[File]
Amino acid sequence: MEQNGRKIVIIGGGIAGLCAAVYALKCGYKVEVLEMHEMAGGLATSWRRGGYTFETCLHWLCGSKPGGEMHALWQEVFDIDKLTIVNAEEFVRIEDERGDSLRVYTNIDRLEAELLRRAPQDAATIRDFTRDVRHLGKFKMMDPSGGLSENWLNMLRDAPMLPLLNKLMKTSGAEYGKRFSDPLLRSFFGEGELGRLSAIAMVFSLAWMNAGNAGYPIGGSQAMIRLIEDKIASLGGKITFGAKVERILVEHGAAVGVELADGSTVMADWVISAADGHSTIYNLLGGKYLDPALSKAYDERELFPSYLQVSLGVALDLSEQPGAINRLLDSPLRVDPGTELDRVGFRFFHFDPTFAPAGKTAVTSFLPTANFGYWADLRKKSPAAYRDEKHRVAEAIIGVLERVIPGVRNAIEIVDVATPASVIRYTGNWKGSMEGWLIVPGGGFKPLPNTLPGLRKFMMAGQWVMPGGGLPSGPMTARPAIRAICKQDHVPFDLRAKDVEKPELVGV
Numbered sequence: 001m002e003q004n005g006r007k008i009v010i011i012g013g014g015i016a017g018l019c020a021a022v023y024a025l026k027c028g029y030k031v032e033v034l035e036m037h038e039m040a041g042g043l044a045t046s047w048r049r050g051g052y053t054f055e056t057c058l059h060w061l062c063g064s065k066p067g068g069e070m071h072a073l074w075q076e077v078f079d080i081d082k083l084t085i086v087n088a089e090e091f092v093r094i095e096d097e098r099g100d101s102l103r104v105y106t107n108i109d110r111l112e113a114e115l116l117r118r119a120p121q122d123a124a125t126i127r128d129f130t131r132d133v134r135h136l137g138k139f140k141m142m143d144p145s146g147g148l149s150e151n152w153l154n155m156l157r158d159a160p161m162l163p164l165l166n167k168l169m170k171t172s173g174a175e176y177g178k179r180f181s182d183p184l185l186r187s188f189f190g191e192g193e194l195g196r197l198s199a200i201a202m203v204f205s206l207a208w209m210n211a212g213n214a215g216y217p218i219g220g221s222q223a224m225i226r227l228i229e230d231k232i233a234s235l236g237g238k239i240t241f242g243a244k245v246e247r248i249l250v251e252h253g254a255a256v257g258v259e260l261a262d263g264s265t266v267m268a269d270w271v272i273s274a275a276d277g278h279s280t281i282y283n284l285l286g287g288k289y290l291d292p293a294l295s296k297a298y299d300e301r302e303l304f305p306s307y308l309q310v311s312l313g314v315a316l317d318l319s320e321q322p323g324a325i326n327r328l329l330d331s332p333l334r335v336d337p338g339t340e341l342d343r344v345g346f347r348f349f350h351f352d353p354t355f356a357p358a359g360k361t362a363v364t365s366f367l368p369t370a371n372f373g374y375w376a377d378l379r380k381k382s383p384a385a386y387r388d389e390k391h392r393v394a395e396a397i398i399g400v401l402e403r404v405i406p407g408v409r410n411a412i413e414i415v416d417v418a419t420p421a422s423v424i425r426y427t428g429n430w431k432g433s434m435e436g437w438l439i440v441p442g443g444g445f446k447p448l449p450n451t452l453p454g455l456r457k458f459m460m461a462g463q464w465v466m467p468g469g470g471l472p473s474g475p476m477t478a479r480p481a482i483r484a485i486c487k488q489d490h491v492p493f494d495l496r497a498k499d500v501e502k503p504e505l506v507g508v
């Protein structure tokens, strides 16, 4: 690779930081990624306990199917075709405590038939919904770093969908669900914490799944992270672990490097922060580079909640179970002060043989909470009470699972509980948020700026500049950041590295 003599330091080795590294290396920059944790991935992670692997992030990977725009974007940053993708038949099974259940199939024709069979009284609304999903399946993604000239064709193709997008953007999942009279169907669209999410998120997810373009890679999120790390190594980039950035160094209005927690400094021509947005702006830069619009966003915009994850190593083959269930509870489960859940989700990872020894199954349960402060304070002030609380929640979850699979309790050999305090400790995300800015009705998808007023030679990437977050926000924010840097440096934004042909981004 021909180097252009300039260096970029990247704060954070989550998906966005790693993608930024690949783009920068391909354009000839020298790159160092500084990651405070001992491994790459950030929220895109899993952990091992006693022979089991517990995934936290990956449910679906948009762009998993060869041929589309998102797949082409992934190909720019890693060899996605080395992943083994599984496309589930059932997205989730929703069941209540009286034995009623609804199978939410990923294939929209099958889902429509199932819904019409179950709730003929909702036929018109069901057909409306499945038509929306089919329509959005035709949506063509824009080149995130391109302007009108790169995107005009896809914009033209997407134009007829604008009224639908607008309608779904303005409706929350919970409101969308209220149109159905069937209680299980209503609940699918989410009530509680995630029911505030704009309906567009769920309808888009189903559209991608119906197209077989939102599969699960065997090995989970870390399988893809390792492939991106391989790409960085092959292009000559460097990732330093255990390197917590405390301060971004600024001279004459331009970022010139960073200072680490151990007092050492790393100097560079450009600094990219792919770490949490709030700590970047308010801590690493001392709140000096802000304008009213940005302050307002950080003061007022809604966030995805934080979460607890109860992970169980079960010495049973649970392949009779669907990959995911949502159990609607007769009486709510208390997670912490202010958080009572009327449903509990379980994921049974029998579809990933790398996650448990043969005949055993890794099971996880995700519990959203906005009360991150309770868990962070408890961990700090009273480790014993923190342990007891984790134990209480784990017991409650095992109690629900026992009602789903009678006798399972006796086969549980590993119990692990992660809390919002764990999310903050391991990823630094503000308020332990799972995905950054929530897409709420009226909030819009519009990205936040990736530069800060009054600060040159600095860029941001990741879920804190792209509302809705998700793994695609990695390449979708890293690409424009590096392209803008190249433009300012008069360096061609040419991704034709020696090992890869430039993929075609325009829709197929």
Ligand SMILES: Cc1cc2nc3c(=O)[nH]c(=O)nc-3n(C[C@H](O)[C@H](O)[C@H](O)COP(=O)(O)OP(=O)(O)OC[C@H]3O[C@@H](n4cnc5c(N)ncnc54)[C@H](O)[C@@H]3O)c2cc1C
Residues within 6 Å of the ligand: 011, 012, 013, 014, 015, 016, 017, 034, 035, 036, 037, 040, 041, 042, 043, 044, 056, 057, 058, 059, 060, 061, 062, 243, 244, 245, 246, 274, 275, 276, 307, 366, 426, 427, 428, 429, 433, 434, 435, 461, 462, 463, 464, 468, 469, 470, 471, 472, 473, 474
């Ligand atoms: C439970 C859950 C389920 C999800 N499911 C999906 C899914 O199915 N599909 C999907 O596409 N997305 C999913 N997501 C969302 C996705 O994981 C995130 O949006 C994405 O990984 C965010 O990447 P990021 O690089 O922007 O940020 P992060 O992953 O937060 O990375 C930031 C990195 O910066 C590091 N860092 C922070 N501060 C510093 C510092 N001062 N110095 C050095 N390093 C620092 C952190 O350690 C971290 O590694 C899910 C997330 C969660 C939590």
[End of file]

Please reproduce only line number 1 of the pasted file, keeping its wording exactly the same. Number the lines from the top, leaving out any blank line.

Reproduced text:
Amino acid sequence: MEQNGRKIVIIGGGIAGLCAAVYALKCGYKVEVLEMHEMAGGLATSWRRGGYTFETCLHWLCGSKPGGEMHALWQEVFDIDKLTIVNAEEFVRIEDERGDSLRVYTNIDRLEAELLRRAPQDAATIRDFTRDVRHLGKFKMMDPSGGLSENWLNMLRDAPMLPLLNKLMKTSGAEYGKRFSDPLLRSFFGEGELGRLSAIAMVFSLAWMNAGNAGYPIGGSQAMIRLIEDKIASLGGKITFGAKVERILVEHGAAVGVELADGSTVMADWVISAADGHSTIYNLLGGKYLDPALSKAYDERELFPSYLQVSLGVALDLSEQPGAINRLLDSPLRVDPGTELDRVGFRFFHFDPTFAPAGKTAVTSFLPTANFGYWADLRKKSPAAYRDEKHRVAEAIIGVLERVIPGVRNAIEIVDVATPASVIRYTGNWKGSMEGWLIVPGGGFKPLPNTLPGLRKFMMAGQWVMPGGGLPSGPMTARPAIRAICKQDHVPFDLRAKDVEKPELVGV